The culture of tourism

The culture of tourism

The last three pictures are important in their own fashion. Yes, the architecture and history of the chichen itza site are breathtaking. However, the rich popularity of the site comes at a price to the surrounding culture. Throughout Chichen Itza, the paths are lined with vendors selling wares, trying to attract the tourists, and professing the greatness of their goods in particular. This is part of the culture now. As you can see here, a man is working hard to carve and paint a wooden mask made from one of the trees in the near by jungle. You could find a bunch of touristy things throughout this market, but I was a little taken aback by the attitude of other travelers. The reliance on the tourist crowds has really dampened the capability of the local area in terms of various advancements as well as creating a sector of population that is reliant on the tourist trade rather than striving to be self-sustaining. I apologize if this sounds incredibly opinionated and biased, but the trade is sad. The fact that the people have been encouraged to expand this trade is sad as well. I suppose at least there is a form of life sustenance that exists here.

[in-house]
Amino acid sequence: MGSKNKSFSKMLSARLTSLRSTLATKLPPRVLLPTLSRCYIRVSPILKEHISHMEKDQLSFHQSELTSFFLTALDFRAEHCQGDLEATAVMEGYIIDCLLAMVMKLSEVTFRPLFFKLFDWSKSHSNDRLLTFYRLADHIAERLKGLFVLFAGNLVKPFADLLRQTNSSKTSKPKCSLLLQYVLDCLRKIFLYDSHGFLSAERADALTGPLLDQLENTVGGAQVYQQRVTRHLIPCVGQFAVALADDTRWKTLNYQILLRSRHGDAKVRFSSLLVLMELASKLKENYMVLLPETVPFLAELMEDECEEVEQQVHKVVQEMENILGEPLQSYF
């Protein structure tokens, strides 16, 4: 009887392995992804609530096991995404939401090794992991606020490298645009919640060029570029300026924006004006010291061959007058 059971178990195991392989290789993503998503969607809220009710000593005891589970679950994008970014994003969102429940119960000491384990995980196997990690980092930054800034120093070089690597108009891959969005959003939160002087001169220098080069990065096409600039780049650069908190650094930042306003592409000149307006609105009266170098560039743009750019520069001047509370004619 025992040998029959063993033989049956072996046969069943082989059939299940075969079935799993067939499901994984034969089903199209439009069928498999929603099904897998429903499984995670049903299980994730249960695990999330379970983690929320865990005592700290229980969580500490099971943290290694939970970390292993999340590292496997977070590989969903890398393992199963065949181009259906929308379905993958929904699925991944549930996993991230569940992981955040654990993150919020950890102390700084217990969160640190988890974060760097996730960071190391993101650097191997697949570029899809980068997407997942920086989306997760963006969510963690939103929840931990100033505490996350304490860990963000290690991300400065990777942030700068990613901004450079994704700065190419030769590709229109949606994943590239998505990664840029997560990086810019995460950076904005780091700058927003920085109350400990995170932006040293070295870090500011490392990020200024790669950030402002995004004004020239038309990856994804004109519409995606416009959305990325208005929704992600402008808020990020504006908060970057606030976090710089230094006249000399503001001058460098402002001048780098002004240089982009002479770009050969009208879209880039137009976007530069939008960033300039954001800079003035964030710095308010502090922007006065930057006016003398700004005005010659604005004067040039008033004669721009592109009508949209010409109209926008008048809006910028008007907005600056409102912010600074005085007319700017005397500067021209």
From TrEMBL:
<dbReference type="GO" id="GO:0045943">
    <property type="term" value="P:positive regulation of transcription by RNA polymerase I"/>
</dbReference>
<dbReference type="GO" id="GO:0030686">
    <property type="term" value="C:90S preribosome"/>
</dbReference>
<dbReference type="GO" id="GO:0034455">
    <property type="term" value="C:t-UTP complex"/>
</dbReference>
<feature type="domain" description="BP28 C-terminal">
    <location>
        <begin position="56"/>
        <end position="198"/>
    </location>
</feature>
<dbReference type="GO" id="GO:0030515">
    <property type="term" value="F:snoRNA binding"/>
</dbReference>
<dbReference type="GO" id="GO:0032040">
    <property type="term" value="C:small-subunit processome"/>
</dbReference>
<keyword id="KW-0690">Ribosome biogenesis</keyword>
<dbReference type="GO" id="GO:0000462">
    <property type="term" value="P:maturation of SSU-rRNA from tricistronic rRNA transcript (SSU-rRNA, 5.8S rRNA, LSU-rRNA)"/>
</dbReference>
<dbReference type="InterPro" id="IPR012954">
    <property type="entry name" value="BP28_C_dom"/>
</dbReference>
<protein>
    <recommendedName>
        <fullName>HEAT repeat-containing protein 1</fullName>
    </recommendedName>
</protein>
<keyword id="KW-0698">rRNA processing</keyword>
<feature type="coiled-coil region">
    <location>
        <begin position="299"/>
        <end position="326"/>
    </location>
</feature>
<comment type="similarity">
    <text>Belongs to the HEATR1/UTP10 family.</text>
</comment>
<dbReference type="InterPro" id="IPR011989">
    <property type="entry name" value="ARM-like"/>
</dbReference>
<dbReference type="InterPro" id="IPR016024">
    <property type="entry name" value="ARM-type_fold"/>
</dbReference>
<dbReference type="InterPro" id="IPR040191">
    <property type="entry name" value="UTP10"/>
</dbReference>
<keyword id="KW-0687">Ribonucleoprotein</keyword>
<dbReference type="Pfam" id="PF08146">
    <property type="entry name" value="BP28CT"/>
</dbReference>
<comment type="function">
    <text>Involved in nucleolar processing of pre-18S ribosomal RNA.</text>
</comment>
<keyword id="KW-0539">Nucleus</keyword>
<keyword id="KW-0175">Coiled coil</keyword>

About bassist5656

Hi, I am just beginning a world adventure of my very own! My name is Tristan Davis Fralick and I am a nursing and social justice student from the central New York region. I really enjoy working with people and I have made it my goal to see as much of the world's cultures as possible to best understand and relate to the people that live all around us. In my free-time I enjoy hiking, biking, swimming, playing music, cooking, writing (obviously), and learning new things in any way that I can. This is a blog consisting of my travels past and present. I hope that you enjoy!

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